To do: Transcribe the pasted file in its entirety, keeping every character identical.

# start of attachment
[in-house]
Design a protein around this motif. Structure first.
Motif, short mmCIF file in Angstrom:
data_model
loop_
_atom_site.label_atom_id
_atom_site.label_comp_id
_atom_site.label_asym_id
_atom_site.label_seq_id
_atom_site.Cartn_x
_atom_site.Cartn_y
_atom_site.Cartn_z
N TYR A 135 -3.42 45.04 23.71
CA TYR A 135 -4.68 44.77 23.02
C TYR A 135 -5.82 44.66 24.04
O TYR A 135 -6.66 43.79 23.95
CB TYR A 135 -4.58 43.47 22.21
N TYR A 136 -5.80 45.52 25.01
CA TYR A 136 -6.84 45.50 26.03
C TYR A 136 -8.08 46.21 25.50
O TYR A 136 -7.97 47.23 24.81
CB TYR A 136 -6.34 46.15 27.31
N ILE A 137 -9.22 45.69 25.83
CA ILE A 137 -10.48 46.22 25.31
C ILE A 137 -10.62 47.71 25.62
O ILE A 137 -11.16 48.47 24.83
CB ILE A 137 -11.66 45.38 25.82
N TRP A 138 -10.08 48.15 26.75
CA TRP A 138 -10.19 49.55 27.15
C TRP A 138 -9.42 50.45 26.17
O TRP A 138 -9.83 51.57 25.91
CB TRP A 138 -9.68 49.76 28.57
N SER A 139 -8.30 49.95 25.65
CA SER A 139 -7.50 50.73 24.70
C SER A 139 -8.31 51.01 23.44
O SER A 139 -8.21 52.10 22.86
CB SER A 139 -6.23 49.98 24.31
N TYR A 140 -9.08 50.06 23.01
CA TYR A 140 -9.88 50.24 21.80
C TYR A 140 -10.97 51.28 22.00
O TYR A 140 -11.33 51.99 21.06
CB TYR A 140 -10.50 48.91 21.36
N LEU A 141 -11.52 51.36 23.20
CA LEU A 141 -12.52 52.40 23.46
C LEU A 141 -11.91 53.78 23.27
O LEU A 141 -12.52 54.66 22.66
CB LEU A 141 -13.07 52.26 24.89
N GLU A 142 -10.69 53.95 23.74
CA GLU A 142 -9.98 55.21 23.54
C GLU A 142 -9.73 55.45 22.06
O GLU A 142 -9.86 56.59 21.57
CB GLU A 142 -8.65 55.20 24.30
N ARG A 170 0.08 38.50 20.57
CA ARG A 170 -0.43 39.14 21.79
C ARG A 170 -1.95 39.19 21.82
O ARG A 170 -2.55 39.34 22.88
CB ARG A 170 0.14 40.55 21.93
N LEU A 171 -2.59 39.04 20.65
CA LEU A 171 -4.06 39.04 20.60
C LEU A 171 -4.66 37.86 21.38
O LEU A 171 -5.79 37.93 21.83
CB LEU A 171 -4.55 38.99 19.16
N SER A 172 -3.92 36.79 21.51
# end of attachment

[in-house]
Design a protein around this motif. Structure first.
Motif, short mmCIF file in Angstrom:
data_model
loop_
_atom_site.label_atom_id
_atom_site.label_comp_id
_atom_site.label_asym_id
_atom_site.label_seq_id
_atom_site.Cartn_x
_atom_site.Cartn_y
_atom_site.Cartn_z
N TYR A 135 -3.42 45.04 23.71
CA TYR A 135 -4.68 44.77 23.02
C TYR A 135 -5.82 44.66 24.04
O TYR A 135 -6.66 43.79 23.95
CB TYR A 135 -4.58 43.47 22.21
N TYR A 136 -5.80 45.52 25.01
CA TYR A 136 -6.84 45.50 26.03
C TYR A 136 -8.08 46.21 25.50
O TYR A 136 -7.97 47.23 24.81
CB TYR A 136 -6.34 46.15 27.31
N ILE A 137 -9.22 45.69 25.83
CA ILE A 137 -10.48 46.22 25.31
C ILE A 137 -10.62 47.71 25.62
O ILE A 137 -11.16 48.47 24.83
CB ILE A 137 -11.66 45.38 25.82
N TRP A 138 -10.08 48.15 26.75
CA TRP A 138 -10.19 49.55 27.15
C TRP A 138 -9.42 50.45 26.17
O TRP A 138 -9.83 51.57 25.91
CB TRP A 138 -9.68 49.76 28.57
N SER A 139 -8.30 49.95 25.65
CA SER A 139 -7.50 50.73 24.70
C SER A 139 -8.31 51.01 23.44
O SER A 139 -8.21 52.10 22.86
CB SER A 139 -6.23 49.98 24.31
N TYR A 140 -9.08 50.06 23.01
CA TYR A 140 -9.88 50.24 21.80
C TYR A 140 -10.97 51.28 22.00
O TYR A 140 -11.33 51.99 21.06
CB TYR A 140 -10.50 48.91 21.36
N LEU A 141 -11.52 51.36 23.20
CA LEU A 141 -12.52 52.40 23.46
C LEU A 141 -11.91 53.78 23.27
O LEU A 141 -12.52 54.66 22.66
CB LEU A 141 -13.07 52.26 24.89
N GLU A 142 -10.69 53.95 23.74
CA GLU A 142 -9.98 55.21 23.54
C GLU A 142 -9.73 55.45 22.06
O GLU A 142 -9.86 56.59 21.57
CB GLU A 142 -8.65 55.20 24.30
N ARG A 170 0.08 38.50 20.57
CA ARG A 170 -0.43 39.14 21.79
C ARG A 170 -1.95 39.19 21.82
O ARG A 170 -2.55 39.34 22.88
CB ARG A 170 0.14 40.55 21.93
N LEU A 171 -2.59 39.04 20.65
CA LEU A 171 -4.06 39.04 20.60
C LEU A 171 -4.66 37.86 21.38
O LEU A 171 -5.79 37.93 21.83
CB LEU A 171 -4.55 38.99 19.16
N SER A 172 -3.92 36.79 21.51